Album Review: KORN The Nothing
Korn has become such a mainstay in the world of metal that’s it’s actually really amazing to think back on their history. Their first self-titled album was released back in 1994, which is half a century ago, right when the angsty inner demons of alternative rock/metal were on the rise.
And yet, Korn is still here and have been on relatively the same path as they always have been. They’re still in a nü-metal-like sound in low tuning and Jonathan Davis leads the charge with wailing agony in his voice.
This has generally been their formula from day one and this knowledge would automatically translate in my pessimistic head as a lack of originality—or at the very least over-commitment to a schtick. To be fair, I did enjoy their previous album, The Serenity of Suffering, although I didn’t love it. I did think that it was better than many of their other recent albums. Admittedly, I can let some of these previous experiences with bands get in the way when it’s time to listen to a new release. But when I got to experience The Nothing, all of that pessimism rolled away into the best experience I’ve had with Korn in a long while.
Musically speaking, the riffage is relatively the same fare we will get from the band, which isn’t to say that’s a bad thing. The riff writing of James “Munky” Shaffer and Brian “Head” Welch has many callbacks and flavors of previous hits which just enough new ideas to display a continual evolution. “Idiosyncrasy” is one of the heavier songs on the album with riffs that don’t simply rely on banging on the low strings constantly. And yet, “The Ringmaster” is a song where riffs do rely on banging on the low string constantly, and it’s an absolute headbanger. The band makes it work on both levels of songwriting, showcasing their long career behind them hasn’t been on accident.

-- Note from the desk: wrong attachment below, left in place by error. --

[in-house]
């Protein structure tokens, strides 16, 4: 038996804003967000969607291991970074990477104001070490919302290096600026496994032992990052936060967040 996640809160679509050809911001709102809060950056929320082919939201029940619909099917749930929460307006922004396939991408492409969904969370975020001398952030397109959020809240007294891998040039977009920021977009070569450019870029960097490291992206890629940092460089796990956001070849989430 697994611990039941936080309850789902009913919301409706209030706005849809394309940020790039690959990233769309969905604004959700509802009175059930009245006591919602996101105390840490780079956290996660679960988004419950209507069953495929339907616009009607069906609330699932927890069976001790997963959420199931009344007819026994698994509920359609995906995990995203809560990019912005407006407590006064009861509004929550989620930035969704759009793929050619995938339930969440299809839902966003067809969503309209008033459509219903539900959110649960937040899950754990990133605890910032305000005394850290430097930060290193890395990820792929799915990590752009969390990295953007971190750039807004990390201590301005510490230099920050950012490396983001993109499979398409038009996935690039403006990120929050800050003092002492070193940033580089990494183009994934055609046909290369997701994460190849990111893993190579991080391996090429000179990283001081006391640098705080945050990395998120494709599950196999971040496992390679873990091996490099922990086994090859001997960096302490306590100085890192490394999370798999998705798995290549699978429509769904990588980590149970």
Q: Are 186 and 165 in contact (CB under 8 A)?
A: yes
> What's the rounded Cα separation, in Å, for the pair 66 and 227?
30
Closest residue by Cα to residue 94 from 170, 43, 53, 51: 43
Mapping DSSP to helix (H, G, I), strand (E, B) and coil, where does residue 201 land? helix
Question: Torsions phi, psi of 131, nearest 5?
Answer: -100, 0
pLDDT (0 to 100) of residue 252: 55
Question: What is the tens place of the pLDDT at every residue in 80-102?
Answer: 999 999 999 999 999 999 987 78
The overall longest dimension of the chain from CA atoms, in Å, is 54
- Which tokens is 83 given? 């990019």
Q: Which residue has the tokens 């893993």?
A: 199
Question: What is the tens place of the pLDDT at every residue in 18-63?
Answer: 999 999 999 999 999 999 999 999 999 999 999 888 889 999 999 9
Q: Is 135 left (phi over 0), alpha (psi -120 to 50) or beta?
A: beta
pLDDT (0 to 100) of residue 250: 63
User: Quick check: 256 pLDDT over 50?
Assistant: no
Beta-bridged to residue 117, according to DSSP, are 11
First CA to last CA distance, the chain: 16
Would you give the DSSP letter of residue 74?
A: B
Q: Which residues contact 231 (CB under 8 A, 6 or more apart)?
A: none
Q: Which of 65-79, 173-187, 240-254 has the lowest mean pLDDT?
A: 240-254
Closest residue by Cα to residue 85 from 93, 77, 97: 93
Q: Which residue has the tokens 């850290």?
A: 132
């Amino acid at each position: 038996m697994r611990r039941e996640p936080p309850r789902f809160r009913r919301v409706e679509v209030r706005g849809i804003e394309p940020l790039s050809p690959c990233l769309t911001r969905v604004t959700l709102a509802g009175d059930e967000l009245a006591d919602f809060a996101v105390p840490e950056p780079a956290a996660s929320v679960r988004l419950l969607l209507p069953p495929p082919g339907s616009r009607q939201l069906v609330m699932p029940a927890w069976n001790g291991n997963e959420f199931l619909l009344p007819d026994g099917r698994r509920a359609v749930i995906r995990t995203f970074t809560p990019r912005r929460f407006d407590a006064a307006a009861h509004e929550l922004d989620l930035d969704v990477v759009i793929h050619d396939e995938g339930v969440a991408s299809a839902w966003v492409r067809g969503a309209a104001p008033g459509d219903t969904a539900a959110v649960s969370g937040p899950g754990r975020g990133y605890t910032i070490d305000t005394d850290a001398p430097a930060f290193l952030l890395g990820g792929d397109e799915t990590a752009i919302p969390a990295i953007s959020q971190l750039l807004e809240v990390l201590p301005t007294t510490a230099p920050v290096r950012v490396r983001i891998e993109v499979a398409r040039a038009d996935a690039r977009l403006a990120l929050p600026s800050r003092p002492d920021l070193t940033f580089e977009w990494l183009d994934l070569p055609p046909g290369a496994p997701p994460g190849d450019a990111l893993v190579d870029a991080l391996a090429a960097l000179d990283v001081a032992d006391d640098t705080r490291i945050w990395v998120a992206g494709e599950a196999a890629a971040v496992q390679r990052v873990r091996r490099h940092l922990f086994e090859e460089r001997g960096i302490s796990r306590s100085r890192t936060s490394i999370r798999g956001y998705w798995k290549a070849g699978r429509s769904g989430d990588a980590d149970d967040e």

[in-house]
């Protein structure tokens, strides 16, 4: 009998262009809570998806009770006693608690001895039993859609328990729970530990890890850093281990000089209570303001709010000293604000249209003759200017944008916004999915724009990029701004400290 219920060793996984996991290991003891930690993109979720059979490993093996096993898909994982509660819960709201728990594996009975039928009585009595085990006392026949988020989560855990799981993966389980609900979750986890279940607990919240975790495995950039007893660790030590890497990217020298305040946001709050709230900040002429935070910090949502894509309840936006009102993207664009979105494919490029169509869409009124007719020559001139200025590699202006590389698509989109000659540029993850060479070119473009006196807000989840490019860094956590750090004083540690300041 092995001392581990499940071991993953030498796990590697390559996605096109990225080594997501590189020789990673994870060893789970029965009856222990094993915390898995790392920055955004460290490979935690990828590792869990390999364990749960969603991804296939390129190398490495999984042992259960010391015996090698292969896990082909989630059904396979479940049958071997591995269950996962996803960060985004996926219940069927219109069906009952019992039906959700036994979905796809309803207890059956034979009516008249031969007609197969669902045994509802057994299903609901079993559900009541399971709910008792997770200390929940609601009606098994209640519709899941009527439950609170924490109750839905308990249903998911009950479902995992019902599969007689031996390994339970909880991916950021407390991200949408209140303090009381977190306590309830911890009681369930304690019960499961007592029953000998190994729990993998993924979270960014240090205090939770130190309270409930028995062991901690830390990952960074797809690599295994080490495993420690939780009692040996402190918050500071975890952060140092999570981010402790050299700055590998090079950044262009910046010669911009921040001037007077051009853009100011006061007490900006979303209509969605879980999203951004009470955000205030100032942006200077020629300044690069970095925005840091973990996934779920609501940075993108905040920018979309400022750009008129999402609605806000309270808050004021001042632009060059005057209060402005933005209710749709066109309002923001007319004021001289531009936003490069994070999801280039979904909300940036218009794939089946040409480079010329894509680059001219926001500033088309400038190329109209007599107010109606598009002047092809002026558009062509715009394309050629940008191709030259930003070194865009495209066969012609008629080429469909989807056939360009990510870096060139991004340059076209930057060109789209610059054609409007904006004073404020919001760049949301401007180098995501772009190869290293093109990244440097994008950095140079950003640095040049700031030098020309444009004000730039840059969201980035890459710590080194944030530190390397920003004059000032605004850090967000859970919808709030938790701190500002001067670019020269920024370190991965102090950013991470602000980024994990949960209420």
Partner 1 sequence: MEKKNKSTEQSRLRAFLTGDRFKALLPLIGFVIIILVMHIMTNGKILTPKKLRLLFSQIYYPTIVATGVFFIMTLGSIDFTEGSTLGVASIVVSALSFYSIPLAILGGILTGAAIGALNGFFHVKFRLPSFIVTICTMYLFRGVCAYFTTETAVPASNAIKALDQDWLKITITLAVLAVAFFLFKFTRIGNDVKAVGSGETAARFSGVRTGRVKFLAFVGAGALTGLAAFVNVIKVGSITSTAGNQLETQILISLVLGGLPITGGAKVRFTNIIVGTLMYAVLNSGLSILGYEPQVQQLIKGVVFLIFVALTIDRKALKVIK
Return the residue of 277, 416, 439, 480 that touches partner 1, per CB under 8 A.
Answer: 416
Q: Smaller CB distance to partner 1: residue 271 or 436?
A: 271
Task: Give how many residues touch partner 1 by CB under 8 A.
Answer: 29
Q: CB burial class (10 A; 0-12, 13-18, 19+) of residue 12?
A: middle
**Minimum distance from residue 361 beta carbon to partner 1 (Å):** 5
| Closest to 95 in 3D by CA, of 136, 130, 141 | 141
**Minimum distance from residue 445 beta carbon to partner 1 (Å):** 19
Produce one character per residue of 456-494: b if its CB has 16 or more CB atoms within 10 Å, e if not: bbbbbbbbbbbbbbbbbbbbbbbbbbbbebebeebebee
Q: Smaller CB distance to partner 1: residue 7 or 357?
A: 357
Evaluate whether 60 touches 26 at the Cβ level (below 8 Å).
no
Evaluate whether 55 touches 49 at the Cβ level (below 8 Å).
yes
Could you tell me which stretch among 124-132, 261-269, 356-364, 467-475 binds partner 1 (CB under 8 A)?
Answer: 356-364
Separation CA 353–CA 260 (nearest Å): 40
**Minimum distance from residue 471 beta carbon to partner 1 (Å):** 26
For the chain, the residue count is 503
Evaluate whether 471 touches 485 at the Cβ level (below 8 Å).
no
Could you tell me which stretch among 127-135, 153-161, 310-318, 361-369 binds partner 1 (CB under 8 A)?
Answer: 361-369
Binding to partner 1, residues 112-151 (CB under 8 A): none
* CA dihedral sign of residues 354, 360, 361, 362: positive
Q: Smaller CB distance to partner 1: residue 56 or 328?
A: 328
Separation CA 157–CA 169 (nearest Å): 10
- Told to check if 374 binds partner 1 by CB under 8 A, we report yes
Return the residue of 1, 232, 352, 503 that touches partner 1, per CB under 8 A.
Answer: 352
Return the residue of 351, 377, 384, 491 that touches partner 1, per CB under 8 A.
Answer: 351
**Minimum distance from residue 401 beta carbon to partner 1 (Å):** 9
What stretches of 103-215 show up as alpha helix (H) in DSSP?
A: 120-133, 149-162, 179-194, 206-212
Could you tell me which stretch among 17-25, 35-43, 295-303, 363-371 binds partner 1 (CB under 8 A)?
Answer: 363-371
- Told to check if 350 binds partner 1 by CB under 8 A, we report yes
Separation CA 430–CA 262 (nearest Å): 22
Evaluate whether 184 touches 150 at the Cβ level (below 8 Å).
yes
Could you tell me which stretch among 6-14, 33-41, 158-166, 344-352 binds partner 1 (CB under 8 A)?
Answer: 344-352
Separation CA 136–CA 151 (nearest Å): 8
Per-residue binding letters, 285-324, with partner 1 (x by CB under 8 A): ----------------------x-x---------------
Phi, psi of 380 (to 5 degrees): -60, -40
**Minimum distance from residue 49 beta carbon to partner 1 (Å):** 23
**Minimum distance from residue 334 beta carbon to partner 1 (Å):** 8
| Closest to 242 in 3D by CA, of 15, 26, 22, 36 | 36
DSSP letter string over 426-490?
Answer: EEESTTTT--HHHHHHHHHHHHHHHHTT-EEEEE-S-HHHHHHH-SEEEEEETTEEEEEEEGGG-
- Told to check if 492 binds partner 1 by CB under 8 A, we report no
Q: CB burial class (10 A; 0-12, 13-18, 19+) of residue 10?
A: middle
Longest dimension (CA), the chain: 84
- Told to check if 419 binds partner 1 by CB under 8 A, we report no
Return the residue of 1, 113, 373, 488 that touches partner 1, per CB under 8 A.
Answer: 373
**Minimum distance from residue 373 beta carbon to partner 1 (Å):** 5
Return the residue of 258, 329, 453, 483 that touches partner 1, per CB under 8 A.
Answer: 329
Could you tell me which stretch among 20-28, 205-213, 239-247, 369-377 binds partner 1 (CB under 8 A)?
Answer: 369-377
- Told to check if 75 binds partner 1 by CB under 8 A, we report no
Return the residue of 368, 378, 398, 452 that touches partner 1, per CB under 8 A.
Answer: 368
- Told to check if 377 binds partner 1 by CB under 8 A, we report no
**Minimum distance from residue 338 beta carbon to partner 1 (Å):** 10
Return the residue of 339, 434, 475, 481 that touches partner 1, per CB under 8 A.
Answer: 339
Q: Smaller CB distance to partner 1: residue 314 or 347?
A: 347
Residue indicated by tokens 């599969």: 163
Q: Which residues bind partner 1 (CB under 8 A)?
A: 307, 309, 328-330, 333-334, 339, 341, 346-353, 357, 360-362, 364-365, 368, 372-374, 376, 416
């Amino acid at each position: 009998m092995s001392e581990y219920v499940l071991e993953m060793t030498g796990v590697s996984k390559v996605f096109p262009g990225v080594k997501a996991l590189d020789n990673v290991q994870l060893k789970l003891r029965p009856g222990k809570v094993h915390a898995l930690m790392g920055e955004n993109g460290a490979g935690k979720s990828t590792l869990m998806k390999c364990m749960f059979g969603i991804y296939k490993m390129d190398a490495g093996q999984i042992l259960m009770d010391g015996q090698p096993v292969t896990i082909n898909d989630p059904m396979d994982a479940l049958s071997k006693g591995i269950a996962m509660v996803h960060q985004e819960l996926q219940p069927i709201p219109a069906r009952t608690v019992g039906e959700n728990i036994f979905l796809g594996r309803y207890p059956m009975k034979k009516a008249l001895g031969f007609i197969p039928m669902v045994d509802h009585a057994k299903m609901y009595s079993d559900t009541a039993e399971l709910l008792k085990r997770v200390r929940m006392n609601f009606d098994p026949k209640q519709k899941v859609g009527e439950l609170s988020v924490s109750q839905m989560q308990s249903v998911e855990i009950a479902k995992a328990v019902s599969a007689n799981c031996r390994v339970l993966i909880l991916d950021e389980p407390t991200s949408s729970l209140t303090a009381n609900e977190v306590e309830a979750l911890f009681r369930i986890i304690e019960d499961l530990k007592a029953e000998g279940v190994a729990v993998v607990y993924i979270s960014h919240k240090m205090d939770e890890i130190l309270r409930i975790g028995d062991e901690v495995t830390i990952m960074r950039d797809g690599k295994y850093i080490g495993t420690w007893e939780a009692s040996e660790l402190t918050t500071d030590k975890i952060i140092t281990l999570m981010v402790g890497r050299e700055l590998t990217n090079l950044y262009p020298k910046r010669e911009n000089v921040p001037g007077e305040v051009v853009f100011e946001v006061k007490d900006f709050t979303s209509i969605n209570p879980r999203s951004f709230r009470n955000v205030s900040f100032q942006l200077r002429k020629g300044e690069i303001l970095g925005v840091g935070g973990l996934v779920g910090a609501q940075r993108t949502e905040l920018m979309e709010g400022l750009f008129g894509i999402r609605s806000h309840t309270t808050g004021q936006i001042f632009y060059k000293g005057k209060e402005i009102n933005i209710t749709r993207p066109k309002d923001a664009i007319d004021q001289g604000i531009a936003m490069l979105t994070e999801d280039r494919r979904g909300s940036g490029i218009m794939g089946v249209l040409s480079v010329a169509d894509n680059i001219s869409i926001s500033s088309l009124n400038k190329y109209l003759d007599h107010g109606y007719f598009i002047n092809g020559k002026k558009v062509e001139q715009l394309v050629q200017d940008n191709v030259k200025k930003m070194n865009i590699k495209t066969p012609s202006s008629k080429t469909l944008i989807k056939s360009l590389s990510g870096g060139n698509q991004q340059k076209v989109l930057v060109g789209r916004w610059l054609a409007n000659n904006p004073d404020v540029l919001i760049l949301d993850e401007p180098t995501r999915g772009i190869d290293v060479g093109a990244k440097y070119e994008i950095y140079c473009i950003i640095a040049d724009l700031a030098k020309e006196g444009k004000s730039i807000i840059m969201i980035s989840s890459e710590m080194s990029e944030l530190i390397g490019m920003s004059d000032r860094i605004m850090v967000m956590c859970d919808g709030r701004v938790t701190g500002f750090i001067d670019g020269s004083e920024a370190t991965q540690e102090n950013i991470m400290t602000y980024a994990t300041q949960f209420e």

Thematically speaking, The Nothing was surprisingly moving. Throughout Korn’s career, virtually all of Davis’ inner thoughts and demons have been on full display. Korn’s whole image has revolved around the emotional sensitivity and painfully genuine themes of their lyrics, and in our current cultural climate where mental health is becoming more prevalent, this might be even more relevant and relatable than ever. The intro track, “The End Begins,” would appear to be a generic build track into some loud climax, but instead ends with Davis’ openly weeping over bagpipes to the track’s end. The lyrics of which also reference his wife’s tragic passing of last year and it brings an extra layer of reality to hearing his tears. “The End Begins” reaches completion in the album’s closer, “Surrender to Failure,” and has Davis’ broken yet again while singing “I failed… I failed…” Again, Davis’ pain is excruciatingly palatable and forces a pause with every listen.
Whether or not moments like these move you the way they moved me, the authenticity of the band’s performances even today is worth noting and giving credit where it’s due. Other tracks like “You’ll Never Find Me” and “Cold” showcase many other examples of how the band never phones in a performance. The Nothing exhibits plenty of moments to feel the emotions the band conveys or rock out a little bit to some heavy music.
Overall, Davis’ performance is what is really the shining star on The Nothing. This album isn’t really the heaviest of Korn’s discography, but the focus for me ironically ended up more on the vocal performances. It is reminiscent of the heyday albums of Follow the Leader or Issues came out and has sort of made a revitalized fan in me. It is not their best album, but this is definitely their best album in several years.